[​IMG]
    So this final picture leaves us with today's hard work- adding on the carriage and pulley system to lift the saw up and down, adjusting heights for what size board you want to cut! This was DIFFICULT. In the process of assembling the carriage system, two of the bolt heads broke off. Needless to say, I have photographed it and have them saved until we are completely finished assembling, in order to report back to the company and let them know what flaws/troubles we had.
    All in all, this part took us about 6 hours to work on. And I admit I wasn't much help today, having a pretty cruddy migraine. My husband got upset too when the bolts broke while tightening them down. Slowly but surely, though, it is coming together.
    Mind you, this picture doesn't have the entire day's finished product to it. This is just what we had by lunchtime.
    [​IMG]


    I just wanted, again, to put a little information out there on our experiences with this sawmill, and how it is to work with this huge piece of equipment (well, huge to me... [​IMG]) So far, the Norwood company has been extremely helpful, even in honoring a discounted price after the promotion had ended. They even sent a very nifty "Norwood Owner's Edition" baseball cap with the mill!

    I am so excited to continue sharing our story with you! Thank you for stopping by and taking the time to read this over. We are so blessed to have friends and family supporting us in this homestead journey, and thankful each day to God for providing opportunities like this to us, even when we have so very little in our pockets. I cannot tell you how much He has blessed our lives over the years.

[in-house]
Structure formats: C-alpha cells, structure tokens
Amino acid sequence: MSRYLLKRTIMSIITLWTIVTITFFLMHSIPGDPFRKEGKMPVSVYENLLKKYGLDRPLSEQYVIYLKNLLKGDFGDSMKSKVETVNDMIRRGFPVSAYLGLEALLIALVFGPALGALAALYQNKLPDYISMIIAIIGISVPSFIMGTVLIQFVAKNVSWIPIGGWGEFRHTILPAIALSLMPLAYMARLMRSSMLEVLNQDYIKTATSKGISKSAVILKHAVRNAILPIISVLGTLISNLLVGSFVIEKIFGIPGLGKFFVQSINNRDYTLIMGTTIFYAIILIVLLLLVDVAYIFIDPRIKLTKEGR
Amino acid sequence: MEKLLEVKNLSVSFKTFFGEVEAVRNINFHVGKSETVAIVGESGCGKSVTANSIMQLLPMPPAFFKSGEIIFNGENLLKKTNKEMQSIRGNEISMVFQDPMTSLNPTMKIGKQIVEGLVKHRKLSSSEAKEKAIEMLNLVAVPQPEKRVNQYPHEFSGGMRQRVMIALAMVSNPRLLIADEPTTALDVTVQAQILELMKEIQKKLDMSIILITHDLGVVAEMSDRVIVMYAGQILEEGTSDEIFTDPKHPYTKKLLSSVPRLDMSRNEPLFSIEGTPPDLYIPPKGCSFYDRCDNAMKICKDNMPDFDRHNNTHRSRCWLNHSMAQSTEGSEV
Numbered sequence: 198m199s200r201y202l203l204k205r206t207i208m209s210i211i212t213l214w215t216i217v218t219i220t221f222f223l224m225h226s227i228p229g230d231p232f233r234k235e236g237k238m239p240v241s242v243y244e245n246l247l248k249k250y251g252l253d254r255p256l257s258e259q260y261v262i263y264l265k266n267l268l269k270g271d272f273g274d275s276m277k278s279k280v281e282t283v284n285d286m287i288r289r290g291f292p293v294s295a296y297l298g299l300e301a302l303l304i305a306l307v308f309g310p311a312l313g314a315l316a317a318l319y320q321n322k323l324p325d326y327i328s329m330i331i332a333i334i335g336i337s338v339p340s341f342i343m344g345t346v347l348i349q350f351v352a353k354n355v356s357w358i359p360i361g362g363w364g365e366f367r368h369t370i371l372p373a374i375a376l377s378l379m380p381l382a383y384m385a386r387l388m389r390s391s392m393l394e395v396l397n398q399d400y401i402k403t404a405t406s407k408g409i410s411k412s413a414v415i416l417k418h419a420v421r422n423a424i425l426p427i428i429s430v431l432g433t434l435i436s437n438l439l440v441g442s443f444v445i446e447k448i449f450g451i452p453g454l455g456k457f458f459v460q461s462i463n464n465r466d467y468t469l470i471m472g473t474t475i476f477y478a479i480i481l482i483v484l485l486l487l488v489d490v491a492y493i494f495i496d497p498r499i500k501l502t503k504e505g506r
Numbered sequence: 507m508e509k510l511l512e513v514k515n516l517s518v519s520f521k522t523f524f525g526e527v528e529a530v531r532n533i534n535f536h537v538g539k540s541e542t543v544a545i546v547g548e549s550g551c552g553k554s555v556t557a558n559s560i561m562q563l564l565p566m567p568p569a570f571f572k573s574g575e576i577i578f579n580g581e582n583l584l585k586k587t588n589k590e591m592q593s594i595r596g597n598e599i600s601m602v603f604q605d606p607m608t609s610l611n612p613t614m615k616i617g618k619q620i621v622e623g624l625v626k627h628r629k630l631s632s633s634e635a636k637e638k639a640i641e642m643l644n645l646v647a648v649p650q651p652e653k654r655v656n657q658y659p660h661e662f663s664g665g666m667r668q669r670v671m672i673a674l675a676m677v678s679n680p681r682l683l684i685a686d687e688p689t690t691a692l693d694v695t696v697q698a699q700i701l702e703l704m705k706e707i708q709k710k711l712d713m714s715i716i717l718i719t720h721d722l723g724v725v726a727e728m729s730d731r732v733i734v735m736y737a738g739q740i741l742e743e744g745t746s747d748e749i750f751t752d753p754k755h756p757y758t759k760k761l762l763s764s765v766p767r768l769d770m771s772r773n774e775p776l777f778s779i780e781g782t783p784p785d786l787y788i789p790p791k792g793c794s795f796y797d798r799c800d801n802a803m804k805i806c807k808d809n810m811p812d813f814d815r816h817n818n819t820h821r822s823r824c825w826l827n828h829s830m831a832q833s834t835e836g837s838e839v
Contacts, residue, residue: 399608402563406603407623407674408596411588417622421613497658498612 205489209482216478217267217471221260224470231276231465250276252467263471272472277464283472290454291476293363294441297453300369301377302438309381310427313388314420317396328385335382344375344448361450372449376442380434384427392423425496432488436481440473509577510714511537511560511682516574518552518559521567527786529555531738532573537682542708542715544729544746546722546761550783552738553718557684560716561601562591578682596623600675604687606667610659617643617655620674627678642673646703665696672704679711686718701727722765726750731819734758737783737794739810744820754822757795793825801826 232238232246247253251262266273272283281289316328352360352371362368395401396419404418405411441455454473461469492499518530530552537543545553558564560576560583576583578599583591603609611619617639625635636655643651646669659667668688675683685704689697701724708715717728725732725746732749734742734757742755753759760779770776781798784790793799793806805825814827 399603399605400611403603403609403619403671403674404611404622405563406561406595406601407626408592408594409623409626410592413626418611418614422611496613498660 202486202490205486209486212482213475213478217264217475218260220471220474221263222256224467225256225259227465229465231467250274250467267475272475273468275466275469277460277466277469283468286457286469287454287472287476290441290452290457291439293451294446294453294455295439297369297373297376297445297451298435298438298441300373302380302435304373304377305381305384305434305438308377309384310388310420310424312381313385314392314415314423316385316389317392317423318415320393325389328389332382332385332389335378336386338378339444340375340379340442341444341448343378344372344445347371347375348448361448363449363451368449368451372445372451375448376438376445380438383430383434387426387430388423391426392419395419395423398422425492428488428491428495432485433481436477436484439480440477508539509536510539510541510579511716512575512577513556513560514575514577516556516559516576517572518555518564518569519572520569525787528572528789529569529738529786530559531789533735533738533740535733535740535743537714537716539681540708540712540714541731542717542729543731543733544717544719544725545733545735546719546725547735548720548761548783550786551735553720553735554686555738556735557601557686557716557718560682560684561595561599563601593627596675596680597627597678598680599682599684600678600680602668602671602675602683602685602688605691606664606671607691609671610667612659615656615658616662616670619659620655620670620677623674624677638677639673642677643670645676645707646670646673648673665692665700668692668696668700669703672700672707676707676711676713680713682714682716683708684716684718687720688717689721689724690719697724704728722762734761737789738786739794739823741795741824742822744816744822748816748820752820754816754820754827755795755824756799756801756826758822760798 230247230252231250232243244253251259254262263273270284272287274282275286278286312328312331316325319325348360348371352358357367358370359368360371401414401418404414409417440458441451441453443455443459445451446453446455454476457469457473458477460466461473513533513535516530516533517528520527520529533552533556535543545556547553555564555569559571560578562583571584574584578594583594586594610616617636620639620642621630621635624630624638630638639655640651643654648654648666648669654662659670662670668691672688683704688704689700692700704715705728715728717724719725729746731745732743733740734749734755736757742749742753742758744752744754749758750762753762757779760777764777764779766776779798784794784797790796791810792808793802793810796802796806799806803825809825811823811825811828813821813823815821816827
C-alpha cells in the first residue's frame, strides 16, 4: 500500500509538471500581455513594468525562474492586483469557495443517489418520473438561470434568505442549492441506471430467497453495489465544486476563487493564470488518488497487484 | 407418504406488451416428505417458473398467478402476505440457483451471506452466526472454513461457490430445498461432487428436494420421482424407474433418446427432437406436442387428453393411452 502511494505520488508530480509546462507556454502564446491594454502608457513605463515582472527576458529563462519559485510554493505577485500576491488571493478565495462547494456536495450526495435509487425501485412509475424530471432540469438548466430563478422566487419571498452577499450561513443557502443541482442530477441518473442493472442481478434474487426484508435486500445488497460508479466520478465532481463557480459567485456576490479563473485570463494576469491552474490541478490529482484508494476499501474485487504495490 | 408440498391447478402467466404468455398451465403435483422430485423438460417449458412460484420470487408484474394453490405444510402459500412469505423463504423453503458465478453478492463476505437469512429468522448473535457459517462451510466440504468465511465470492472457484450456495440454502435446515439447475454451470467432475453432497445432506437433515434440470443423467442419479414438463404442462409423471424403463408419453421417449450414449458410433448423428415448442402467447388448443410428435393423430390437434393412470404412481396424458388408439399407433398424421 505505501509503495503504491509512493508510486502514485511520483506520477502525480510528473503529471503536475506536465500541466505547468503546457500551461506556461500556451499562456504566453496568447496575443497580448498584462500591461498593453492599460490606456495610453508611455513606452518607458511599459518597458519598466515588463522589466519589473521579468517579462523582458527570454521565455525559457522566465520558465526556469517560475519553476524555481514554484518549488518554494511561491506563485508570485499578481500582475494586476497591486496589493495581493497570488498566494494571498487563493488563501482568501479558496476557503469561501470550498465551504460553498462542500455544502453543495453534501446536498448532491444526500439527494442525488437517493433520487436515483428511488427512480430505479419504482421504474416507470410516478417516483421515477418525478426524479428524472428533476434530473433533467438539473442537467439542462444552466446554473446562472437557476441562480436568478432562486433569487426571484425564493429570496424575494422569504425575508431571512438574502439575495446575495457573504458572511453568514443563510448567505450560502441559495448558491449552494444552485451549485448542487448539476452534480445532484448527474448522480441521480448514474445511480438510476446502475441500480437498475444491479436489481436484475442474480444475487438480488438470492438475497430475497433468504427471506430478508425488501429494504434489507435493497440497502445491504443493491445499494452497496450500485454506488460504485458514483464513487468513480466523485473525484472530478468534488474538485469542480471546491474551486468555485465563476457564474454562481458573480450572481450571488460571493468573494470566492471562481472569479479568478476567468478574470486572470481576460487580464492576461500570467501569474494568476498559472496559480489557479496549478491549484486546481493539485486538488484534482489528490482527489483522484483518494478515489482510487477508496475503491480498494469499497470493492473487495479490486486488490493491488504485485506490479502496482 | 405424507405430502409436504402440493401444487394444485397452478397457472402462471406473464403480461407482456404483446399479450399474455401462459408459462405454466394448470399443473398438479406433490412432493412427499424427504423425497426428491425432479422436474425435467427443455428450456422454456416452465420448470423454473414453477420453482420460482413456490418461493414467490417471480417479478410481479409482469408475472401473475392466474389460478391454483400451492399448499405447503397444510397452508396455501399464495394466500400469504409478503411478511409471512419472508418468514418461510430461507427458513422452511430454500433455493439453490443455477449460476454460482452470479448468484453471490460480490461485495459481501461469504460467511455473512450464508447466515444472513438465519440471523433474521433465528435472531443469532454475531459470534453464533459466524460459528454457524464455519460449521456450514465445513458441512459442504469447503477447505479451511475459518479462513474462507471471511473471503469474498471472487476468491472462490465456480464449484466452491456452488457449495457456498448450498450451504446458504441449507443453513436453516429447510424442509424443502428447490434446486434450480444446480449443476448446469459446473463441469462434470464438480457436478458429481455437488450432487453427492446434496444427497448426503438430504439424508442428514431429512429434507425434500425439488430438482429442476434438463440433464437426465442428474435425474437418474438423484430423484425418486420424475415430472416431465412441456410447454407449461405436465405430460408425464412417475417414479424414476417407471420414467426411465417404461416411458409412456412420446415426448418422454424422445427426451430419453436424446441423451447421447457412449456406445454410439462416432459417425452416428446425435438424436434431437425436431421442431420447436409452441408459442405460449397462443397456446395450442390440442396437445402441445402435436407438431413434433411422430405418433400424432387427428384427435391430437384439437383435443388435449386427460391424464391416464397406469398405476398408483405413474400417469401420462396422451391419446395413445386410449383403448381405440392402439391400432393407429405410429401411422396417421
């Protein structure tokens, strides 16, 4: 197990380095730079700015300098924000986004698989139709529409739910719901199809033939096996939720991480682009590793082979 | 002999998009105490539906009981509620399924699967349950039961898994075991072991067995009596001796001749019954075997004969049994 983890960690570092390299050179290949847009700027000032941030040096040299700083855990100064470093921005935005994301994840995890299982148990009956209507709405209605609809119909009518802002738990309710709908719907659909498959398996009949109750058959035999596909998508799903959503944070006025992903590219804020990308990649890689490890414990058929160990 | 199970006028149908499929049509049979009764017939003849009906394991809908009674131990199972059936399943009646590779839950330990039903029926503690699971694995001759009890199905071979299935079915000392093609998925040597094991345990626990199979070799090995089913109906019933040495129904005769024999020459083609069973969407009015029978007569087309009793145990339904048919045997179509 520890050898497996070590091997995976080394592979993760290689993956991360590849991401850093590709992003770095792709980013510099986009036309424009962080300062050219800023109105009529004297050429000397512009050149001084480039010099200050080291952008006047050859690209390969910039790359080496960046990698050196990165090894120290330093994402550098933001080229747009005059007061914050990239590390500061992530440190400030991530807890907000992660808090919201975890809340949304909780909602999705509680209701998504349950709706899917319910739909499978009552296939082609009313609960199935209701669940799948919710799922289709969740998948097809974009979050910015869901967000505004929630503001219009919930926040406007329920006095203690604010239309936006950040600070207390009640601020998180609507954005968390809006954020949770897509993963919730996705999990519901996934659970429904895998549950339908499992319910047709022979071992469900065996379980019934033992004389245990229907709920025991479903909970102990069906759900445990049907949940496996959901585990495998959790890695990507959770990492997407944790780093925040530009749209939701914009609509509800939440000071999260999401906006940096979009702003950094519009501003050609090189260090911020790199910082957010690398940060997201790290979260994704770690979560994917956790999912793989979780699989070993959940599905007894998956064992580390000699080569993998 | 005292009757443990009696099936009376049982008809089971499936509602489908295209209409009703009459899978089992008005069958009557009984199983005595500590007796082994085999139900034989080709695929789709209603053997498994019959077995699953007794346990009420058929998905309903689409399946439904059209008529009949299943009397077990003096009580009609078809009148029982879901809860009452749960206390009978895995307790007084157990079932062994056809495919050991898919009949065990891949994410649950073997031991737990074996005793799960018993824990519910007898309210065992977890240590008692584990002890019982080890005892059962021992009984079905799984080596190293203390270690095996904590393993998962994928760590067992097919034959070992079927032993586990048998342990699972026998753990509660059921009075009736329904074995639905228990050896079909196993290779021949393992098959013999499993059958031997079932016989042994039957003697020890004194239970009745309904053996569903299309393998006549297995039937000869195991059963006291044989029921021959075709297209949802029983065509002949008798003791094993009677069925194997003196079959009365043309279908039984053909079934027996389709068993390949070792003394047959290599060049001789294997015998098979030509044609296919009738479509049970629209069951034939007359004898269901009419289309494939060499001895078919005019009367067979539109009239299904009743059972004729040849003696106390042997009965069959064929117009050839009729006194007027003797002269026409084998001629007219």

[​IMG]
    "Pray without ceasing." - 1 Thessalonians 5:17

    God bless each and every one of you- and may your families, your animals, and your crops all grow healthy and strong!

    -Homesteader Wife
     
    1 person likes this.
  2. Life is Good!

    Life is Good! Chillin' With My Peeps

    1,041
    52
    173
    Apr 14, 2011
    suburbia Chicagoland
    Yes, the work on the 'stead never seems to end....
    Your sawmill looks wonderful thus far. But surely is a whole lot of effort to assemble! Reminds me of some of the larger Lego sets my son and I have put together! [​IMG] Just a whole lot larger!
     
  3. collie1470

    collie1470 Chillin' With My Peeps

    603
    77
    101
    Jun 5, 2015
    Wilton, ME
    A sawmill.....that's my fiance's dream, I think. Carpentry and woodworking are just about his favorite things in the world. So I see one of them in our future. :)
     
  4. HomesteaderWife

    HomesteaderWife Chillin' With My Peeps Premium Member

    206
    69
    98
    Apr 24, 2015
    Alabama
    Don't get me started on the headaches of putting this thing together! There was the option to have it shipper pre-assembled, BUT it would've cost around $1000+ and thus we opted out. It took a little over a week for my husband and I to put together by ourselves. We then had to order the log loader/winch kit, which came in the mail two or three days late. THEN.....the package was missing some essential brackets. Those came in after about 4 days. Finally, after about 3 to 4 weeks, we got to cutting.